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Jazz CD Reviews BLUEBERRY ASH Andrew Butt Trio + Independent

✶✶✶✶ Blueberry Ash is predominantly an album of original compositions by saxophonist Andrew Butt. Pleasingly it contains one added gem, the tune Love song from Apache written by David Raskin and Johnny Mercer, a rarely recorded tune which was a favourite of the great Coleman Hawkins, whose rendition on his album Today and now is a true masterpiece in jazz history, and may have inspired Andrew Butt to want to include it here. He certainly does it justice; and so he should. Brisbane based Butt is a Churchill Fellow, an award winning leader and a saxophonist

MIRRORS Louis Stapleton louisstapleton.bandcamp.com/album/mirrors

✶✶✶✶✶ Louis Stapleton is an award winning (Sparda Jazz Award, Young Munich Jazz Prize) gifted Australian THE SHADOW OF YOUR SMILE: HOMMAGE TO JAPAN Roberta Gambarini Groovin’ High FNCJ -5553

✶✶✶✶✶ Pardon my bias, but I believe Roberta Gambarini is today’s premier jazz vocalist. On hearing her first American album (Easy to love, 2006) I realised this was a special talent, a view reinforced on hearing You are there (2007), a sublime duet session with Hank Jones, the perfect pianist with a touch like silk, delicate and flawless. Jones, who worked with Ella Fitzgerald for five years, was lavish in his praise of Gambarini: ‘The best new singer in 60 years! The best since Ella’ and even ‘the new Ella’. With her impeccable timing and intonation, critics have crowned Gambarini the natural 44

November 2017

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who has performed as a jazz soloist with the Queensland Symphony Orchestra. His compositions have been performed and recorded by a variety of artists including his own musical groups. On this outing he is accompanied by the stylish guitar work of Toby Wren, whose solo on I love boiled eggs is a standout, and the brilliant pianism and extended soloing of Kellee Green on all tracks, where her flowing lines and colourful chords seem to be as natural as breathing. The trio is augmented by a variety of bassists, drummers and horn players. These musicians blend into the mix extremely well and their contributions are first rate along side the saxophone of Butt as he cruises through this horn fest with enthusiasm, pianist, composer and arranger who studied under the German heavyweight jazz musicians Hubert Nuss and Florian Ross. This recording was funded with prize money from the above awards. Stapleton’s music contains influences from his hero jazz artists, John Taylor, Aaron Parks and Alan Broadbent, and is emblazoned with his tight, clean and virtuosic pianism. Composed during his time in Germany, with a definite nod to his previous advanced classical piano studies, Stapleton is accompanied on this outing by some extremely talented musicians from Cologne, bandleaders in their own right: Oliver Lutz on bass, Fabian Arends on drumset and the prodigious Philipp Braemswig on four of the tracks on guitar. A more simpatico quartet of musical explorers is difficult to imagine; and evident throughout is Stapleton’s dedication to serious musical discipline. On the track 13th successor to Ella, Sarah Vaughan and Carmen McRae in interpreting the Great American songbook, the music of legendary songsmiths such as Gershwin, Porter and Arlen. The Italian-born Gambarini has come a long way since arriving in the United States in 1998 with a scholarship from the New England Conservatory in Boston. Yet this expensive Japanese import is only her sixth album! Named one of the best jazz vocal albums of 2013, it shows her warm timbre and instrumental approach to singing with superb scatting and improvisational skills. However, for me it is the ballads which are the highlight: the title track by Johnny Mandel and the Gershwin classics: Someone to watch over me and Embraceable you. The backing could not be bettered with long-time accompanist, pianist George Cables, bassist John Webber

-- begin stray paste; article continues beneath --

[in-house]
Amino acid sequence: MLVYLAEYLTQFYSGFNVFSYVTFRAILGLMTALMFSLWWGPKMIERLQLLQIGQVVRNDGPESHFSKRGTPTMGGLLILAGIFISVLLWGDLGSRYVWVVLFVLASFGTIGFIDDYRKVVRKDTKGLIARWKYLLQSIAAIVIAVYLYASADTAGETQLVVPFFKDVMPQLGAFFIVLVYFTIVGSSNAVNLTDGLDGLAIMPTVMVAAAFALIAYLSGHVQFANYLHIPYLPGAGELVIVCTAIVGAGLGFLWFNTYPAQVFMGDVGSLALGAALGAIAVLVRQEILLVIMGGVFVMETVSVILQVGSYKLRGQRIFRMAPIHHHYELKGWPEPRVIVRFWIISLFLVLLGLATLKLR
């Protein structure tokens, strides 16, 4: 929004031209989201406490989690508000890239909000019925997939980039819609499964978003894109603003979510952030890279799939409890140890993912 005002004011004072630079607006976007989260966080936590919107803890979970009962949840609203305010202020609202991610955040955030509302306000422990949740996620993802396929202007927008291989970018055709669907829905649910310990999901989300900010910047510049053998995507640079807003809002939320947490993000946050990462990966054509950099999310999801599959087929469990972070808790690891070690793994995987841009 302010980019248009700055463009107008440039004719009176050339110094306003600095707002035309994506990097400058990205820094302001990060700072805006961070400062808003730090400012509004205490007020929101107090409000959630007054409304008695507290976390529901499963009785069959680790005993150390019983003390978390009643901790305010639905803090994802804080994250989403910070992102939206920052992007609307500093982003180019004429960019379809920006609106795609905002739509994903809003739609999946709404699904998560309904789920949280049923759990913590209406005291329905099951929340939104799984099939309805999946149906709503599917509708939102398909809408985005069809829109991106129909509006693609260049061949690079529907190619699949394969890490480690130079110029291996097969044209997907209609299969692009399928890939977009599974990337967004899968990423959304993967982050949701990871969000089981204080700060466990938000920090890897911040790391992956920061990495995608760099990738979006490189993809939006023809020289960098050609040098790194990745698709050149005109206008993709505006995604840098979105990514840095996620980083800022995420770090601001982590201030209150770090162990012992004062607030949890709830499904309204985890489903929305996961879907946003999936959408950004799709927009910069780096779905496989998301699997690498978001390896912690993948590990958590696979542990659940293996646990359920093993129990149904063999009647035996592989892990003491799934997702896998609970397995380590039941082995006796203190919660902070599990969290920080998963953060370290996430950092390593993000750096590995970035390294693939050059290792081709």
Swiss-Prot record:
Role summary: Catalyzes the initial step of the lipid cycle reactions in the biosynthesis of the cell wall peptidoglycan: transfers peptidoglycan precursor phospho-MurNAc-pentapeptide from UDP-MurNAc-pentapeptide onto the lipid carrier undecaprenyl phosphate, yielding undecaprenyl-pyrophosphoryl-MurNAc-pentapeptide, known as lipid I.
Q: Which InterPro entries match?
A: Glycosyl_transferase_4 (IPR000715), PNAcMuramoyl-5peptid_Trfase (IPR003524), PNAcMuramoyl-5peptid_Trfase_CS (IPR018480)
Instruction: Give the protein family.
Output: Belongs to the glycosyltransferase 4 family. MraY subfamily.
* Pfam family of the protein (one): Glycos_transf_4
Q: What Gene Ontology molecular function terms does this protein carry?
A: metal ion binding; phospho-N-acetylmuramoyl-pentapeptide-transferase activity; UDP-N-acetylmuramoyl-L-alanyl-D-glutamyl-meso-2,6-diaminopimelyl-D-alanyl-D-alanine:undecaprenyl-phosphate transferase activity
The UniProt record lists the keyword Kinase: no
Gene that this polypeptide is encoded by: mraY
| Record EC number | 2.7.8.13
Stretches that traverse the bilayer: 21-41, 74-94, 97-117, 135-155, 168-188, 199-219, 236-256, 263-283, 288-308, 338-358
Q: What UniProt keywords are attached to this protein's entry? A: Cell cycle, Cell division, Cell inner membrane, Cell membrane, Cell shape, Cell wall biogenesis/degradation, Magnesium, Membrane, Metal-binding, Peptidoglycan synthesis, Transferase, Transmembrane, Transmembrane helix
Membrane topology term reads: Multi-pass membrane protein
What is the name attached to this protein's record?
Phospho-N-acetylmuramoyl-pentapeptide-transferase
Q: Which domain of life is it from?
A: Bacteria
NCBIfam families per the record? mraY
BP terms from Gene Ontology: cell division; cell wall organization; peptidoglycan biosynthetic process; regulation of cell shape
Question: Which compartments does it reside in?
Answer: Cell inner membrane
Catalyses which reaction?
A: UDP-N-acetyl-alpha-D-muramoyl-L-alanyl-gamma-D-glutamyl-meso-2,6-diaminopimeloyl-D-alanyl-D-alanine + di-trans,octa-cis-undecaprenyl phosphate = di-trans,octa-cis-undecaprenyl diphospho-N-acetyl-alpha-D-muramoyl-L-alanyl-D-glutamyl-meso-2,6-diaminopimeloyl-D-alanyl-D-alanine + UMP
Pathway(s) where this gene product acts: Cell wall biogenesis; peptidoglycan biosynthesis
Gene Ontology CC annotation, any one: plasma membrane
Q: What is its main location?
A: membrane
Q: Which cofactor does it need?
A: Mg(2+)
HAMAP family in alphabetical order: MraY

faultless technique and impeccable feels. This is an uplifting and frankly heartfelt reflection of the time Butt has spent absorbing both the past and future of jazz, while sporting a wonderful collection of tunes. - Barry O’Sullivan Floor an up-tempo Stapleton establishes the active conversational sound of the trio with the guitarist, the pianist often writing long lines which the other players follow while weaving in and out. The standout ballads Rialto and Departures are compositional gems, with the improvisation sufficiently songlike, melting into the melody and showcasing Stapleton’s high distinction skills. The trio and guest guitarist deliver the sound of modern creative music, attaining a beauty and personality too rarely heard in contemporary jazz, with impressive playing and solos from Lutz throughout and the impeccable restraint and technique of Arends on drums. - Barry O’Sullivan

and drummer Victor Lewis; Justin Robinson (alto saxophone and flute) is added on some tracks. The tracks with Cable bring out the best in her. This is a jazz singer! - Kevin Jones

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